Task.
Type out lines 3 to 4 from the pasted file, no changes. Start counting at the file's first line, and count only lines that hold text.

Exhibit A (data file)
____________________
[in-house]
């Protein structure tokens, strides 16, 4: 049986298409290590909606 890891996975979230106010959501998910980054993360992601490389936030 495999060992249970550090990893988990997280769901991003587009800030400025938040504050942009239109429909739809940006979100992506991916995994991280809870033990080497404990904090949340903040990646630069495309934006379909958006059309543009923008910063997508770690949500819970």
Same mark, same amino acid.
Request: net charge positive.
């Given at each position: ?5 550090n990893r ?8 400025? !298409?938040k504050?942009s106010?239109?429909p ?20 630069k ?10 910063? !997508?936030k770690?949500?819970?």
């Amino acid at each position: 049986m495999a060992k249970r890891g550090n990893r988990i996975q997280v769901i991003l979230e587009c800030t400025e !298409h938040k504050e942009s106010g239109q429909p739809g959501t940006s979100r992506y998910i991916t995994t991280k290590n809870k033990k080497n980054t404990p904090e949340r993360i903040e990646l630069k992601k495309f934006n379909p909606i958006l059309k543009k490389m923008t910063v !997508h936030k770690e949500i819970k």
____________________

Same mark, same amino acid.
Request: net charge positive.